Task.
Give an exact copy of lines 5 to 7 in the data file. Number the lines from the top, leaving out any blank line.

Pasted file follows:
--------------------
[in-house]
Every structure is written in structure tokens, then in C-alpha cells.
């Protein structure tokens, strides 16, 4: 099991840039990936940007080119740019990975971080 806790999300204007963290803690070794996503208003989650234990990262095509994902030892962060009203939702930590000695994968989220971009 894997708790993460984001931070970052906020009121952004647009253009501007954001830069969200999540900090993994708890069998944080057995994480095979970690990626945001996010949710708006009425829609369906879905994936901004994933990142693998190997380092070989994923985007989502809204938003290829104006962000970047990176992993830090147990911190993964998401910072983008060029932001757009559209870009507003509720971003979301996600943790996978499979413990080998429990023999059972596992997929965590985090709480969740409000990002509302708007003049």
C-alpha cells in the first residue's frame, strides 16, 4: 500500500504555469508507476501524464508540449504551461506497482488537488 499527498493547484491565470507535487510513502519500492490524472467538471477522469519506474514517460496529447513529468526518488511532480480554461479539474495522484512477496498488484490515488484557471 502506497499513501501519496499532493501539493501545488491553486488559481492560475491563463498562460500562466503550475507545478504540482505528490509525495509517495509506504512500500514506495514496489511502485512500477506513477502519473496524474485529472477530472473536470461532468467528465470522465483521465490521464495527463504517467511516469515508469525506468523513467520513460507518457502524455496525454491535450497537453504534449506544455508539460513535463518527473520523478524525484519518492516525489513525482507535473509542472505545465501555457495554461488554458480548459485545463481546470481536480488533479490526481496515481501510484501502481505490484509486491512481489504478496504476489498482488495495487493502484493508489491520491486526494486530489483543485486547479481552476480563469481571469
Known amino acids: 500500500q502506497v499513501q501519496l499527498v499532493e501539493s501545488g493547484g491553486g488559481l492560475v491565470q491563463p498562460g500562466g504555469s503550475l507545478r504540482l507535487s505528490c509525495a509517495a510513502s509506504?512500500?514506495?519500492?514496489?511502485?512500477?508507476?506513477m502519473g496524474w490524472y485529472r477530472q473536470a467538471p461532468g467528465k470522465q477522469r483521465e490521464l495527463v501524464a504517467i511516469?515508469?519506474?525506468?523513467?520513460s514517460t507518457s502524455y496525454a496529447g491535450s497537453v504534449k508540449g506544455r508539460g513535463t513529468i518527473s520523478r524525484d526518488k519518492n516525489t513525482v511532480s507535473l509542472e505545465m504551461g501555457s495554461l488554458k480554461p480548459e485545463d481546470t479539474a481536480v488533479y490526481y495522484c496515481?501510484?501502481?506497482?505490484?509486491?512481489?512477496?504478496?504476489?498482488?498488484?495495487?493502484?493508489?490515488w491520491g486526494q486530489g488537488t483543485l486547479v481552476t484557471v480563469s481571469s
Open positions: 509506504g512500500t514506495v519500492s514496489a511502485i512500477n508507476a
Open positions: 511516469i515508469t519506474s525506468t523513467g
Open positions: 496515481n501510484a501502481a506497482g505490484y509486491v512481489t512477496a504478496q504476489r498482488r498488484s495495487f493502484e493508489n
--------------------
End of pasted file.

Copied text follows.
Known amino acids: 500500500q502506497v499513501q501519496l499527498v499532493e501539493s501545488g493547484g491553486g488559481l492560475v491565470q491563463p498562460g500562466g504555469s503550475l507545478r504540482l507535487s505528490c509525495a509517495a510513502s509506504?512500500?514506495?519500492?514496489?511502485?512500477?508507476?506513477m502519473g496524474w490524472y485529472r477530472q473536470a467538471p461532468g467528465k470522465q477522469r483521465e490521464l495527463v501524464a504517467i511516469?515508469?519506474?525506468?523513467?520513460s514517460t507518457s502524455y496525454a496529447g491535450s497537453v504534449k508540449g506544455r508539460g513535463t513529468i518527473s520523478r524525484d526518488k519518492n516525489t513525482v511532480s507535473l509542472e505545465m504551461g501555457s495554461l488554458k480554461p480548459e485545463d481546470t479539474a481536480v488533479y490526481y495522484c496515481?501510484?501502481?506497482?505490484?509486491?512481489?512477496?504478496?504476489?498482488?498488484?495495487?493502484?493508489?490515488w491520491g486526494q486530489g488537488t483543485l486547479v481552476t484557471v480563469s481571469s
Open positions: 509506504g512500500t514506495v519500492s514496489a511502485i512500477n508507476a
Open positions: 511516469i515508469t519506474s525506468t523513467g